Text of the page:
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Feb / Mar 2017
Fine Tuning

WRITER: Fiona Sinclair Scott/ CNN

CL is a young South Korean singer making music the millennial way: with millions of followers on social media. But making it in the brick and mortar world has a whole different set of challenges. 

Her Instagram account is followed by more than 5 million people, her latest music video has had over 20 million views on YouTube and she’s the friend and muse of some of fashion’s global elite. That said, if you are over 35 and don’t spend a large portion of your waking hours online, you’ve probably never heard of CL.

Late last year, during a day of filming in New York for a CNN Style documentary about the 25-year-old singer, we spoke with fashion designer Jeremy Scott backstage after his New York fashion week show.

“I go around the world, I’ve seen her fans in Chile, in Brazil, obviously all through Europe. I mean she’s not just a Korean or an Asian phenomenon, she really is a global superstar,” he told us. While global superstar might be a stretch, she has undoubtedly made an impact and built a very loyal following in the process.

CL, or Lee Chae-rin, is a South Korean singer, rapper and model. She was the lead in the all-girl K-Pop band 2NE1, formed in 2009, until last year when the group officially split following months of speculation. The rumours were naturally fuelled by the singer’s well-documented advance towards America.

As expected, CL finally released her first English-language solo single, ‘LIFTED’ in August 2016 and followed it up with a music video. The video, uploaded to her YouTube channel, has had over 20 million views and features a cameo by American rapper Method Man. She represents a new generation of artists who can make an instant hit with the world’s millennials.

“These days, I mean, my fans are internet kids, they are everywhere” she told us while we drove through New York with the star weeks before she was to set off on a North American tour.

That’s music’s new reality, as Rolling Stone magazine noted in an article published last year. “YouTube has become increasingly important – 98 per cent of American Internet users aged 18 to 24 visit the site – and the company says its ad sales have delivered 3 billion USD to artists and content creators.” It’s the music industry’s new reality. In a time when album sales are falling, YouTube views are rising.



And that they are. Her fans are online, they are all over the world and they are incredibly engaged, as a quick trawl through Twitter or Instagram proves. A single selfie is worth over 300,000 likes, a tweet – “+BE PATIENT+” on January 11th – sparks a frenzy of replies, questions, memes and fan art. But that doesn’t seem to be enough for the young artist. “Breaking America is serious now,” she told us.

But why does breaking America matter when the internet is, largely, borderless? Is breaking the internet not the new benchmark for success? Later that day, while sat on a park bench not too far from Times Square, CL reflected on these questions.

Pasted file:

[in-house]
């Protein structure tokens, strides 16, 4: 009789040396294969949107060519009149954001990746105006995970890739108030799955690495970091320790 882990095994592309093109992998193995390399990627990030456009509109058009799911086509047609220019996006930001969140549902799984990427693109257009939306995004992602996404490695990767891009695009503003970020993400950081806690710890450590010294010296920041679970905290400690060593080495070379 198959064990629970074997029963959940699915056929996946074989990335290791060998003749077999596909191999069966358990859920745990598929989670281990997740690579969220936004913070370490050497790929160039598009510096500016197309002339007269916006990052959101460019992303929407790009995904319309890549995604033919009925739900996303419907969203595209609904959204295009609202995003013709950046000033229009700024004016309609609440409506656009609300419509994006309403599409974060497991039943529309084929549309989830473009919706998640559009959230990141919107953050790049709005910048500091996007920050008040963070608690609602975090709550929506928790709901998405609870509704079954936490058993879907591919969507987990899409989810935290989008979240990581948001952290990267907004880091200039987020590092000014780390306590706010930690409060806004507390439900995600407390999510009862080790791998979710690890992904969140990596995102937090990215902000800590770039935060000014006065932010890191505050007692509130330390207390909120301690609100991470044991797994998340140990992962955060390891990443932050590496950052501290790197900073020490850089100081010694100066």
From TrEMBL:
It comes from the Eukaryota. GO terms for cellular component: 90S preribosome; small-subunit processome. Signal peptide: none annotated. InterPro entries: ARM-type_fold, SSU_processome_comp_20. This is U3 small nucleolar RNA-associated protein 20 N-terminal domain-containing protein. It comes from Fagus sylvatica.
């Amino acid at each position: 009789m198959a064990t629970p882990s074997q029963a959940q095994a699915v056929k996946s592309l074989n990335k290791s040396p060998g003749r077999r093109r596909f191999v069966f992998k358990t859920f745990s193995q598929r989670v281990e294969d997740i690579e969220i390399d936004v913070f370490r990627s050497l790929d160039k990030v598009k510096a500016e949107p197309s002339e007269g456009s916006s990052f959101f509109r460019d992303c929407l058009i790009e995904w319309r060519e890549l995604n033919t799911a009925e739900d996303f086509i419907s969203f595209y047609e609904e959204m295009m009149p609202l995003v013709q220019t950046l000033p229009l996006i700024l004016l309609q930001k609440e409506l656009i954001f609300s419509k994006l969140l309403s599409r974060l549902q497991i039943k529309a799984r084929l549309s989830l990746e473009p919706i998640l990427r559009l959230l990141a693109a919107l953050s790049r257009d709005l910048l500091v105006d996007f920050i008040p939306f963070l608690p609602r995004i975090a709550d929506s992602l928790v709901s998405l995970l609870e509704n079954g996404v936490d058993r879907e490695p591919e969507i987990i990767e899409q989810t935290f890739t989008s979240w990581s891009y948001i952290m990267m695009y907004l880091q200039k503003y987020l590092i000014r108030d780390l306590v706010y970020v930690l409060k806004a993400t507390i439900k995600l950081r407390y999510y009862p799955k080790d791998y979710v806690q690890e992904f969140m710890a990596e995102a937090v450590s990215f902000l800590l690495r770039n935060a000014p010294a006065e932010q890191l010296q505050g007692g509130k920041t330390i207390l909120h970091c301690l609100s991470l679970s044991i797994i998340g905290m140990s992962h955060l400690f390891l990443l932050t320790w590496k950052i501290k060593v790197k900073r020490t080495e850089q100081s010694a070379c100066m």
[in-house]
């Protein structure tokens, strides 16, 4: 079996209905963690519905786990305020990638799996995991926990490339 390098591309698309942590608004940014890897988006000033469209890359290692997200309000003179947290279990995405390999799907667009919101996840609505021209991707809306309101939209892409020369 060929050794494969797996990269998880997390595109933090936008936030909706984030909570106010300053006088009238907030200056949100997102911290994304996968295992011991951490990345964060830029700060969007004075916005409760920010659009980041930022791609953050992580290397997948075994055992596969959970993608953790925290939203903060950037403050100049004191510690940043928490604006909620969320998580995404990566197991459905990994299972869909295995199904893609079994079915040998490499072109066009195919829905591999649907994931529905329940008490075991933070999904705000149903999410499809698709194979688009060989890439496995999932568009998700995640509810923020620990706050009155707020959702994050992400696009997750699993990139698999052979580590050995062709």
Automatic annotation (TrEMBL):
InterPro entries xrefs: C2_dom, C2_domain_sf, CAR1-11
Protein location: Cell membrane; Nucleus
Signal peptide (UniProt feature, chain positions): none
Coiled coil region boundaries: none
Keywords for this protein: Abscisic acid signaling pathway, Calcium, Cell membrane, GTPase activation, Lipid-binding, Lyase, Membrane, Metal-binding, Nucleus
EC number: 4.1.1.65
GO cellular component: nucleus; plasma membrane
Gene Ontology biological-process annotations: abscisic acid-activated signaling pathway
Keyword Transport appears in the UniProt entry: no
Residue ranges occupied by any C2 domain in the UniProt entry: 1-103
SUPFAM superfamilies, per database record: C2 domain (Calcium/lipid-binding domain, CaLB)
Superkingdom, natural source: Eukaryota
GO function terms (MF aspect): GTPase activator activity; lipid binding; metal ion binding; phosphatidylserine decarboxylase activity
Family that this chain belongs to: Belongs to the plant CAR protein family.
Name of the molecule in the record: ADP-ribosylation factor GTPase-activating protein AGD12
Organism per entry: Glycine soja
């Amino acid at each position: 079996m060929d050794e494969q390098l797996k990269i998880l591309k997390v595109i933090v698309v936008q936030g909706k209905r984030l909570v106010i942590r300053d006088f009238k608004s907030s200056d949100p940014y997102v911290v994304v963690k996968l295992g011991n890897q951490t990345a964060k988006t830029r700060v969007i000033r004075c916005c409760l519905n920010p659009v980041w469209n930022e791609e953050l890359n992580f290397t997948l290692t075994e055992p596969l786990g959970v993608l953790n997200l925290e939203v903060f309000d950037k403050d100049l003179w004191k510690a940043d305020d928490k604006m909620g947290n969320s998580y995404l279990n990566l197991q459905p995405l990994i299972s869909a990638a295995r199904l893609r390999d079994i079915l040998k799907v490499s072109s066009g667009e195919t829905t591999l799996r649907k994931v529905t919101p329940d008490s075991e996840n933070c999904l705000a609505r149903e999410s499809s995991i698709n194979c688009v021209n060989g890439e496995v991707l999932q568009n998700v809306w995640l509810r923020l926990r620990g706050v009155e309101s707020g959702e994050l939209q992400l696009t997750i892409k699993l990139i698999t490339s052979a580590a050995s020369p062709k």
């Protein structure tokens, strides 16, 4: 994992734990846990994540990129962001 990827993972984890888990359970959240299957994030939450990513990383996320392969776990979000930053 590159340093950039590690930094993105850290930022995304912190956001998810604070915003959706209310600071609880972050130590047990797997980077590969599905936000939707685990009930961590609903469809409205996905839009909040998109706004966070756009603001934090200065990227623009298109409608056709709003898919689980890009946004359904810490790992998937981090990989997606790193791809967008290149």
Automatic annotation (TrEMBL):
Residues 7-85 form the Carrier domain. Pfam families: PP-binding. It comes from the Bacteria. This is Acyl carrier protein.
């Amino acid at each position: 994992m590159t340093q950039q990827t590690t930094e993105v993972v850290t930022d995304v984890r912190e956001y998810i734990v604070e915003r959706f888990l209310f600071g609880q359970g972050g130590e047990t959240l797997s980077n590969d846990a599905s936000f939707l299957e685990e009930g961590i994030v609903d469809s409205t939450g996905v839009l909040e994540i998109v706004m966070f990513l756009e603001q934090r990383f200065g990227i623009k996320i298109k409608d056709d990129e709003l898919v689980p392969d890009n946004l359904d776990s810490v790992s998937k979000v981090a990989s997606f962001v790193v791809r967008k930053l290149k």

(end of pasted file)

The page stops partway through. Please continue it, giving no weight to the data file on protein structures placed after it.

“The US is the complete opposite of Asia. Because, you know, in Korea everything is about yin yang and keeping the balance. There’s a saying in Asia if you’re too strong, you break, but here I feel like it is about being too strong. I want to see how I can take that yin yang and do it here,” she said, about capturing the attention of a whole new audience that will eventually buy concert tickets and fan memorabilia.

And, while the power of the internet has allowed CL to reach audiences all over the world in ways that simply wouldn’t have been possible before Facebook, Youtube and Instagram, it has also exposed her to more criticism. Some argue that her music videos, style of rap and the way she dresses are signs of her appropriating an image or a culture that isn’t hers.

“2016 is the year of every internet person trying to be edgy and calling people out for things – whether it is feminism or racism or cultural appropriation – everyone who doesn’t know what they are talking about now can have a say,” remarked her friend and fellow social media star, Luka Sabbat.

That means image-making in the music industry today is indeed a tricky business. When asked about the challenges, CL said, “I think audiences have a certain way they look at an Asian girl. That was the struggle for me for the last two years. But I don’t think about my skin. When I’m creating, I don’t think about the fact that I’m Asian.”

Our conversation continued with Asian-American fashion designer Alexander Wang later that day in his flagship Grand Street store. “She breaks down all those barriers, you can’t say ‘she’s just a Korean singer’. She is who she is and she doesn’t give a f***,” Wang expressed.

Despite some bumps in the road, CL seems determined to find her place in America. “I feel like I’ve put so much time into it, I have to do it. I think it’s also about how you do it – what the message is, who I represent, who I am. So I want to do it right. And that’s why it’s taking so long.”

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